[ X-Carve Setup ] Blinking Green Lights?

Hello -

I have had no luck connecting the X-Carve from two different Mac computers. From “Enter your machine details”, I never get past the “Connecting to X-Carve …” prompt. It just hangs with no response.

I have looked over the various related posts but have not found a solution. I have switched to a Windows partition on a Mac to see if I have any better luck.

I now can get to where the 3 green LEDs blink every second or so when I click “Confirm Settings”. So there is definitely some communication. However I never advance past this stage.

Any thoughts? Maybe I just don’t have the correct firmware on the Arduino (I have not changed it from how it was shipped)

Thanks

Have you tried all the USB ports on the machine, making sure that you see the arduino (port) show up in whatever Apple calls the device manager?

@AdamLassy

If your serial port is not set for a baud rate of 115200, set it to that baud rate and try again.

Thanks for the the response Darryl: I switched back to the Mac environment and tried everything again. Yes, I can see the device in both ports under “System Information”. I was also able to see the device under the Arduino IDE. Same behavior: when I click “Setup”, I see all three green leds blink, then nothing.

Verify that the g-shield is properly connected to the arduino.

@ErikJenkins Thanks - Yes, it is seated correctly. I took the Arduino and shield out of the enclosure to be sure.

@LarryM Thanks for suggestion: I am now looking into how to do this in OSX.

Thanks

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Thanks Phil - I tried this but was not sure if this was only a local change to the Arduino IDE, or if it would also change the speed that Easel connected with. In any case same results: I set the speed in Arduino IDE, then closed program, closed browser, re-opened browser, tried to connect via Easel and same thing: Green lights blink once then nothing. (I also tried cycling the Arduino before re-opening the browser).

@AdamLassy

You need to set the speed in the operating system so that when you look at the properties of the serial port it shows up as 115200.

It depends on how a program is written, but you can change a port’s characteristics on the fly from software. A lot of programs don’t do this, and just default to whatever the operating system has set for the port.

Once the port is set, then you also have to tell some programs (Arduino IDE, UGCS, etc.) what the baud rate is that the port is expecting.

The shorter answer is it should be set the same in the operating system and the program accessing the port.

Thanks Larry - trying to find an example of doing this now.

In case anyone else has already struggled through this, I am attempting to set the baud rate of the device after connecting the Arduino, using stty on a Mac:

stty -f /dev/tty.usbmodem1411 speed 115200

However this does not change the baud rate. Larry, from what you are saying i’m getting that the Easel driver will not be able to set the baude rate and it must be done in a global way outside of the software? Arduino for example can set the baude rate to whatever the hardware is expecting.

Thanks

You should be able to set the baud rate in the Arduino IDE in the Serial Monitor. There is a dropdown menu that let’s you select it. (Good page here on that topic - https://learn.sparkfun.com/tutorials/terminal-basics/arduino-serial-monitor-windows-mac-linux)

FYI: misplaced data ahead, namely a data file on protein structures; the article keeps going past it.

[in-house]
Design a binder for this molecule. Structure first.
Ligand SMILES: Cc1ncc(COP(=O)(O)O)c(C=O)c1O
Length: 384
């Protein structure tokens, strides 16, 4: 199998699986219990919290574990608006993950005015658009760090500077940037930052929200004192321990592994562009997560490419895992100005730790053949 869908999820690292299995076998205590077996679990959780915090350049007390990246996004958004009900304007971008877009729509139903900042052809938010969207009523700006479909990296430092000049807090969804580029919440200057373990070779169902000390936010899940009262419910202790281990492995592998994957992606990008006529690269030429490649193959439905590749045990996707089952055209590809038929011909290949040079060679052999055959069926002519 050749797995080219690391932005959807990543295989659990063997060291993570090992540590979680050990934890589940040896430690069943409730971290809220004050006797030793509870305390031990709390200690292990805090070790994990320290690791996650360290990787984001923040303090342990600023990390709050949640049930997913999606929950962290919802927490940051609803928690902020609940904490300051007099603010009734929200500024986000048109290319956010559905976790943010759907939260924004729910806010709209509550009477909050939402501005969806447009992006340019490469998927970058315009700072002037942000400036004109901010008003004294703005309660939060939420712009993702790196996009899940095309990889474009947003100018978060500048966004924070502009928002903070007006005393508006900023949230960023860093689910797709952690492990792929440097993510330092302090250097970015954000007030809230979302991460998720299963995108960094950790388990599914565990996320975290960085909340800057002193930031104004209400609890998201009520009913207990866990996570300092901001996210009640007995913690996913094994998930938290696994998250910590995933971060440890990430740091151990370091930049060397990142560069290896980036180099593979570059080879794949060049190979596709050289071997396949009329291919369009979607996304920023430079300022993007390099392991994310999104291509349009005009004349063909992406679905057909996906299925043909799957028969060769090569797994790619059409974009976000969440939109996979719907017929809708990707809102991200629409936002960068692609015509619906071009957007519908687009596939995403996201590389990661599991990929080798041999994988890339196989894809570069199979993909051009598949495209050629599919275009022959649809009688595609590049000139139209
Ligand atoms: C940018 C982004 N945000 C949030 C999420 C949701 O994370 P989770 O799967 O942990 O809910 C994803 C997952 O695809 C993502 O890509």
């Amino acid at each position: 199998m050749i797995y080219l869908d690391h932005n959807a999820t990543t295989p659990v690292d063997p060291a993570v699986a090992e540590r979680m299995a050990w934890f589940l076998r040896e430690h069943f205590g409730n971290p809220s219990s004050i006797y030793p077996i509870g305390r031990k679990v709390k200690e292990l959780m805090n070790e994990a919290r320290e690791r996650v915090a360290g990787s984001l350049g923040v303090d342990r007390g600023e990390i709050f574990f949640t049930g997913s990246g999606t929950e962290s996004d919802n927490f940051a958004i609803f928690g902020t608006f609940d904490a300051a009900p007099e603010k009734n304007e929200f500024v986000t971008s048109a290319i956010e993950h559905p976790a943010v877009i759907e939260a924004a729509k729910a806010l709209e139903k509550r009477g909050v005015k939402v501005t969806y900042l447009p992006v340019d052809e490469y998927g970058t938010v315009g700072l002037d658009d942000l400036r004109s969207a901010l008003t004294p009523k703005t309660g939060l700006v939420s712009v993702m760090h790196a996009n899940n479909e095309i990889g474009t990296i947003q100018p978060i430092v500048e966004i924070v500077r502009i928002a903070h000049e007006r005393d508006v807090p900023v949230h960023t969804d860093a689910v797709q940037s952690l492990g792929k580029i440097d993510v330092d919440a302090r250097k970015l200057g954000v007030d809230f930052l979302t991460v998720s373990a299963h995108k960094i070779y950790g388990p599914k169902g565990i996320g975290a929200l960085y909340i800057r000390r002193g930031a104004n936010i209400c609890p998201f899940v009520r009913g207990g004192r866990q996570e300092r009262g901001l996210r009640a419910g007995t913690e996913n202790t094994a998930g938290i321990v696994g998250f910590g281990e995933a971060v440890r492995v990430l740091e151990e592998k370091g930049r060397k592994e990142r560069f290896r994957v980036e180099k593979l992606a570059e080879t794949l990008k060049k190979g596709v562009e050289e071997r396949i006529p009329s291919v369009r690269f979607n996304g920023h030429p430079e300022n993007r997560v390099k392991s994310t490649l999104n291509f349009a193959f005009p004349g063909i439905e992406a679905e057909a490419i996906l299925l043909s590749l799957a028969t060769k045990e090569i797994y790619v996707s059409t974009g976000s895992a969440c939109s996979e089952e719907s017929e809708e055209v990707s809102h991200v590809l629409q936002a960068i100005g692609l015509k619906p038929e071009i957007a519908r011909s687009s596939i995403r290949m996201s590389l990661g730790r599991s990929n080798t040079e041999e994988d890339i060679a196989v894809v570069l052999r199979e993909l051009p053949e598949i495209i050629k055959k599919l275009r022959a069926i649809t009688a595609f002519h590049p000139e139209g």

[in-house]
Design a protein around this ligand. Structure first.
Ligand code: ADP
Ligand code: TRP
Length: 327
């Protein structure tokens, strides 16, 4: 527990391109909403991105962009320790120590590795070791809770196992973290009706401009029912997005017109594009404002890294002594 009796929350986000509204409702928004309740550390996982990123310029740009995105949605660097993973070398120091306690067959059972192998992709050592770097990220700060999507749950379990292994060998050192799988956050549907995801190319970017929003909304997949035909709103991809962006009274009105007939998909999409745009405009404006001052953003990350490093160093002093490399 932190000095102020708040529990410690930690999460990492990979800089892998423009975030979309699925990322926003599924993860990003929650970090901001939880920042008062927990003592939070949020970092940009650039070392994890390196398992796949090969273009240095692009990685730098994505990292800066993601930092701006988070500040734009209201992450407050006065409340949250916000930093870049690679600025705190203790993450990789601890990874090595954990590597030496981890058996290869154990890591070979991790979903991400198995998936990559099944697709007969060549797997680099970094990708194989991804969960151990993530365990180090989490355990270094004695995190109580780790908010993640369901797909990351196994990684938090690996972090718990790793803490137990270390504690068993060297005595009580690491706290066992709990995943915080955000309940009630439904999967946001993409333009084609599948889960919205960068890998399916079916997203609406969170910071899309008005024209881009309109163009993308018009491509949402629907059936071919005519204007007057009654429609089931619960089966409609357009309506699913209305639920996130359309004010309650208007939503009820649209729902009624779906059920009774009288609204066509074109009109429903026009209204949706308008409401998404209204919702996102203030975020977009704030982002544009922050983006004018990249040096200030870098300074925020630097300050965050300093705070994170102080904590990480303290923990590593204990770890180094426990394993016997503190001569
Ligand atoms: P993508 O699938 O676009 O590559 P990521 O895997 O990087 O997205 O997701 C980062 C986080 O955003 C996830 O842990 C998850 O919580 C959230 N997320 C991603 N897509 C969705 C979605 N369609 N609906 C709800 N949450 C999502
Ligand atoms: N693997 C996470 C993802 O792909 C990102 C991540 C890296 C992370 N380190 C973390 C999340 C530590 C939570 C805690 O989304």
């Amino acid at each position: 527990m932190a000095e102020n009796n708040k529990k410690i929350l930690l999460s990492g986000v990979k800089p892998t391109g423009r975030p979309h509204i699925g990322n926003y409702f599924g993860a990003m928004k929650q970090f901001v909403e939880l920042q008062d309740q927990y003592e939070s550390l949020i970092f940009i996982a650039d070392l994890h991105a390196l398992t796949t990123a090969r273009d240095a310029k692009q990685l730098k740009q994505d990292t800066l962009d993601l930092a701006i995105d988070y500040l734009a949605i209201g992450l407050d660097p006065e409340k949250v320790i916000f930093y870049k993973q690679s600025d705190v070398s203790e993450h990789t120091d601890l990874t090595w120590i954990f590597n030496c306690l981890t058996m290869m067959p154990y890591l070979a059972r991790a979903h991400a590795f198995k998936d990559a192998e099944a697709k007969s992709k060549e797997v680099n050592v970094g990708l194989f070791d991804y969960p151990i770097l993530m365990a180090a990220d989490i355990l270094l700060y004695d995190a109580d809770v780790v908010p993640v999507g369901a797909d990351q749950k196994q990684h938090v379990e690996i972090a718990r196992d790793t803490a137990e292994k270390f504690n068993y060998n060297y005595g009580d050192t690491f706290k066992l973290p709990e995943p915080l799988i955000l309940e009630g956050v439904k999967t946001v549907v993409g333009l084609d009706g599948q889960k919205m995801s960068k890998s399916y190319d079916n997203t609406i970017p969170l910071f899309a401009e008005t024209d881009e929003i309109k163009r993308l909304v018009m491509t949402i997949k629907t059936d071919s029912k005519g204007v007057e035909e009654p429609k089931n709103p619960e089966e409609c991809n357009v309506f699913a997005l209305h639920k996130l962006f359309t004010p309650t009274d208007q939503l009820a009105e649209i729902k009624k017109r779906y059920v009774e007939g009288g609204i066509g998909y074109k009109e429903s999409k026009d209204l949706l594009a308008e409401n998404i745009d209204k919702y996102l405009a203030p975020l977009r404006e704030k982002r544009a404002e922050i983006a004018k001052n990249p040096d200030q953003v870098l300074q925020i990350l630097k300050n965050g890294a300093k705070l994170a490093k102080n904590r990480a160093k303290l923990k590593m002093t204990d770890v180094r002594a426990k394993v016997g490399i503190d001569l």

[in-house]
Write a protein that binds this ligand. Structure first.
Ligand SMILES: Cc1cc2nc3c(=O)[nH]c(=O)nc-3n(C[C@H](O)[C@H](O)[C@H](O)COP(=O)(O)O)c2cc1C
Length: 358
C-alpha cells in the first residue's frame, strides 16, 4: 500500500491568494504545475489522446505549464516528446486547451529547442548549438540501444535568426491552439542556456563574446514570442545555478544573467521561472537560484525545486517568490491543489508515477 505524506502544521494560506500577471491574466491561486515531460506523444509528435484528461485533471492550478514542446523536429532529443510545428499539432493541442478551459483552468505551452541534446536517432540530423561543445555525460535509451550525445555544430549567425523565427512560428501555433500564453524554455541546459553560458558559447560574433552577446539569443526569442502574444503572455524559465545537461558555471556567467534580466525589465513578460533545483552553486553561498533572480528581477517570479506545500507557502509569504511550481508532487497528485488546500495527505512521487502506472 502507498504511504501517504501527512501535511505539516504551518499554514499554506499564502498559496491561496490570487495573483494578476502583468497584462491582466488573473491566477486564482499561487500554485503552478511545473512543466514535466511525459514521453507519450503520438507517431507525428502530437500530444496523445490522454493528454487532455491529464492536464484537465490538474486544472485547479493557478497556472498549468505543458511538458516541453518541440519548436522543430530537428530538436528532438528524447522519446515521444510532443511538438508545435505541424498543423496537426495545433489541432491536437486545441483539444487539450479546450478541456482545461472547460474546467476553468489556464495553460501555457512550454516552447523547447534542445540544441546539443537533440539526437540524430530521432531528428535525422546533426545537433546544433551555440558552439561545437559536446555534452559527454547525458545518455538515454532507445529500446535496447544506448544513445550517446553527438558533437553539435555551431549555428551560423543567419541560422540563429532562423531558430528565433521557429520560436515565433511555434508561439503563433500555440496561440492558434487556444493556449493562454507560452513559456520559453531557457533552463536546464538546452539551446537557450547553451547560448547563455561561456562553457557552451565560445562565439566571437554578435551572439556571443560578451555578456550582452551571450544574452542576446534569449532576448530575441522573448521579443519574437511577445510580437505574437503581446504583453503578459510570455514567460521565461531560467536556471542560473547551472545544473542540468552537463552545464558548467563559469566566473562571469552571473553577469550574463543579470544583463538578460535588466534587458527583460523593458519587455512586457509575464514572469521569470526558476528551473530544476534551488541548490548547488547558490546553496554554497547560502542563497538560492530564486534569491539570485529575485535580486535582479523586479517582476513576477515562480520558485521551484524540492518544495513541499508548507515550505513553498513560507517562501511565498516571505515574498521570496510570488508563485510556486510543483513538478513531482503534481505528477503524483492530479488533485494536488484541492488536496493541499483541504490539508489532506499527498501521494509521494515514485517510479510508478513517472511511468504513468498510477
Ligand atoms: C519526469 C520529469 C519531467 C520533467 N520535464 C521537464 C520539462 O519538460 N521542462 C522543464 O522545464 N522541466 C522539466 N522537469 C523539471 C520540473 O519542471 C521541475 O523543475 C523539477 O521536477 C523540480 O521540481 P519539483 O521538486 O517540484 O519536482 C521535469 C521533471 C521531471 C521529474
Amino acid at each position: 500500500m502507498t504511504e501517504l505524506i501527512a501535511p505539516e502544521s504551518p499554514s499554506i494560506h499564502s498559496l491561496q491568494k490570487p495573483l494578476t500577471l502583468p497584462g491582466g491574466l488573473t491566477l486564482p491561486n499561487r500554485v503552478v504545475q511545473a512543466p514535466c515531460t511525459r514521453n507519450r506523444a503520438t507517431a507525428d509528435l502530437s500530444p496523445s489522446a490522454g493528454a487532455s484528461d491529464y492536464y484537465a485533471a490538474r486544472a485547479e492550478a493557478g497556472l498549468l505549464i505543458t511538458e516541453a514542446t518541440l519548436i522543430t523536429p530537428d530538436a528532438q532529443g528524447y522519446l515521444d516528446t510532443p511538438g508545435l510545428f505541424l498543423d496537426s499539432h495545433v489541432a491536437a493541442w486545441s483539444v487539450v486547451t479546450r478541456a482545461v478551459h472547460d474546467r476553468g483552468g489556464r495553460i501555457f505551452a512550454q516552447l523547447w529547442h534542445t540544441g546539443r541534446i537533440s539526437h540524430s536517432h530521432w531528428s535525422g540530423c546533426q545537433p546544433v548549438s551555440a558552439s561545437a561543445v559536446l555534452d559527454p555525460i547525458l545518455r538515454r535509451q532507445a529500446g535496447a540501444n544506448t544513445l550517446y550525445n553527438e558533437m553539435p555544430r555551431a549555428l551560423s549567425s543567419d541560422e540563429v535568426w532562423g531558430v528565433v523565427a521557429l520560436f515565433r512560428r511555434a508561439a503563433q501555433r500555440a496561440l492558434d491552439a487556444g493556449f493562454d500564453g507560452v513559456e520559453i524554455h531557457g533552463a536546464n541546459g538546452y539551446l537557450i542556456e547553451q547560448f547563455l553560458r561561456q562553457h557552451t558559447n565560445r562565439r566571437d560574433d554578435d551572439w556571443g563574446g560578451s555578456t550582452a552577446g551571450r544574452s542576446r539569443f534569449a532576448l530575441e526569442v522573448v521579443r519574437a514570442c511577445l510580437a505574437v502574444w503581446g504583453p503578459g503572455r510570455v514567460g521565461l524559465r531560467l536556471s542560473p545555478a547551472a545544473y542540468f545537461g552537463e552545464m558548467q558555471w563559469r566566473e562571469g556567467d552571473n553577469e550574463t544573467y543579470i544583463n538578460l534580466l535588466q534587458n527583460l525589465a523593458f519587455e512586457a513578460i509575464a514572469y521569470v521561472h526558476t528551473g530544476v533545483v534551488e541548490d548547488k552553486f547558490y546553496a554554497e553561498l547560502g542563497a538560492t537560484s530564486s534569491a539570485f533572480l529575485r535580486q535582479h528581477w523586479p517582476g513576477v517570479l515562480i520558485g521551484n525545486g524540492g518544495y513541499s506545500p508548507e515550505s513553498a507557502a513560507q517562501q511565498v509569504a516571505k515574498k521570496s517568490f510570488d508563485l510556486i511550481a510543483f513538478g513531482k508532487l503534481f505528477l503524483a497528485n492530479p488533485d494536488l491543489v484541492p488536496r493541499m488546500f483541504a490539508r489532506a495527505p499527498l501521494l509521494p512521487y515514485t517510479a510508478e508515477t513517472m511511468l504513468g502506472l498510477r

Once you have that set and have opened a serial connection, you should see GrBL information coming through the console.

I had a very similar problem early on that was entirely the result of the software trying to access the XCarve on the wrong port. Using the Arduino serial monitor through the IDE was the solution that worked the easiest for me.

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Thanks Roger - So looks like I may have a bigger issue: when I connect via the serial monitor at the correct speed I just get garbage back. I think I’ll start by flashing the Arduino with the firmware in case it was shipped without.

Thanks

I don’t have any Apple equipment, so I can’t help with that or test it.

However, I did check it out on Windows 7.

It turns out that both the Arduino Serial Monitor and UGCS do change the baud rate on the fly and are independent of the COM port settings in the operating system. While monitoring the baud rate on the COM port where I have the Arduino attached (with the baud rate set at 9600) both the Serial Monitor and UGCS connected at the correct baud rate even though the COM port properties continued to report a baud rate of 9600. Therefore both the serial monitor and UGCS do change the baud rate to the specified value in their respective baud rate settings.

Since Easel doesn’t have (at least I don’t think it has — I don’t use it) a place to enter the baud rate I’m assuming that it doesn’t change the port characteristics and that my be why you can’t connect.

Since you can see the device using the Arduino IDE maybe that is a better way to test your machine. What happens when you open the Arduino Serial Monitor in the IDE. Make sure you set the baud rate to 115200 and the “end of line” condition at the bottom of the screen to “Newline” or “Carriage Return”

[Edit] - yes I think a re-flash is in order.

Thanks everyone for the help.

It seems to be as simple as I just needed to flash the Arduino w/ the latest grbl. Not sure if it was just shipped without or possibly the Arduino got hosed when setting up the wiring.

For anyone having a similar issue: great place to start is making sure you are getting gcode via the Arduino serial monitor.

Thanks

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